Ben Blalock, professor of electrical engineering and computer science, and two graduate students — Stephen Terry, now an alumnus, and Robert Greenwell — designed a tiny microchip that weighs close to a paper clip and helps control the motors on the rover.
There are about 80 of these Quad Operational Amplifier (op amp) microchips powering the rover's 40 motors. Without them, the rover would not be able to traverse the Martian surface, collect samples with its robotic arm, or maneuver the cameras for sending back pictures of the Red Planet — all central to the mission of finding clues of Mars being able to sustain microbial life.
"These analog chips are in the motor controller electronics that make the camera move, pan around, go up and down," said Blalock. "They also make the robotic arms move around and operate the wheels on the rover. All these things require motors."
Although op amps are common in consumer electronics, this analog microchip is unique in that it can withstand 500 days of potential radiation exposure and temperatures ranging from minus 180 degrees Celsius to positive 120 degrees Celsius, more than sufficient for the minus 120 degrees Celsius to positive 20 degrees Celsius temperature swings on the Martian surface each day. The chip underwent rigorous testing, such as operating in thermal ovens, to ensure it could withstand the elements."We not only had to design it to meet the Martian surface environment requirements, we also had to overdesign it to operate in environments even colder than minus 120 degrees Celsius to help enable reuse of the microchip for other extreme environment robotic missions in the future," said Blalock.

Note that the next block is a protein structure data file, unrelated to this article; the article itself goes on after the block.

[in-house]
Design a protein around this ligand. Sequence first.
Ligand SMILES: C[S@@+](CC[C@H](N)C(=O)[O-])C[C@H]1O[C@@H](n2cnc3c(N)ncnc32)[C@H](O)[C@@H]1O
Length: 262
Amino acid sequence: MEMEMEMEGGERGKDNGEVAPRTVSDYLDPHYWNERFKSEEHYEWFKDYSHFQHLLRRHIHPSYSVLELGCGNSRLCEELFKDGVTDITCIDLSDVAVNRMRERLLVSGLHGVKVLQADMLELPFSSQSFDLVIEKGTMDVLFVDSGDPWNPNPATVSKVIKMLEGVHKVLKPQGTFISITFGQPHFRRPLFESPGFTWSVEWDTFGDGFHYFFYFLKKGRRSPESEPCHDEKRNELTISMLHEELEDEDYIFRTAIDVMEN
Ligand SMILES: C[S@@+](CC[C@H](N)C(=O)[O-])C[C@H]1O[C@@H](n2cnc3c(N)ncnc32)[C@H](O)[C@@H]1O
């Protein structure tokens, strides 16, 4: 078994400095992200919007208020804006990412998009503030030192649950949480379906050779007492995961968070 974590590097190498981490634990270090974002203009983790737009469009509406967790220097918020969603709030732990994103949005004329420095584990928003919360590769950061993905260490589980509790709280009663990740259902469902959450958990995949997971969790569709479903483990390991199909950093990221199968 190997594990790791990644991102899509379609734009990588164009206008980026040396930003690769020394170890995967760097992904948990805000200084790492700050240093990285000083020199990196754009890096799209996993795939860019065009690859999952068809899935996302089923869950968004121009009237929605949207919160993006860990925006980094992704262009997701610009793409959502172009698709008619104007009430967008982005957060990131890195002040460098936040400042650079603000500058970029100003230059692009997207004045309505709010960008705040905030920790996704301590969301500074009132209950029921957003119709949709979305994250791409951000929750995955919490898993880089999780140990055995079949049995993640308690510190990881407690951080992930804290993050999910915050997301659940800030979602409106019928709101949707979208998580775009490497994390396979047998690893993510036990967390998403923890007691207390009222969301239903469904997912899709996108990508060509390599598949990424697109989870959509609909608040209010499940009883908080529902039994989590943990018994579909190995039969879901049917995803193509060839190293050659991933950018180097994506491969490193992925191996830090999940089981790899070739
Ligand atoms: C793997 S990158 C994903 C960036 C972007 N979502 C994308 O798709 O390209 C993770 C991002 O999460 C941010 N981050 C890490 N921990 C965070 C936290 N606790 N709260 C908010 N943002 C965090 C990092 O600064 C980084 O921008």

The researcher says the innovation represents a paradigm shift in the application of extreme environment electronics in space avionics, possibly opening up the field of space exploration.
"Now, we have access to electronics that are capable of operating out in the ambient," Blalock said. "This gives us a lot of opportunities that did not exist in the past because we had to worry about their functionality. NASA eventually hopes to go beyond Mars and possibly send rovers to asteroids and moons of planets."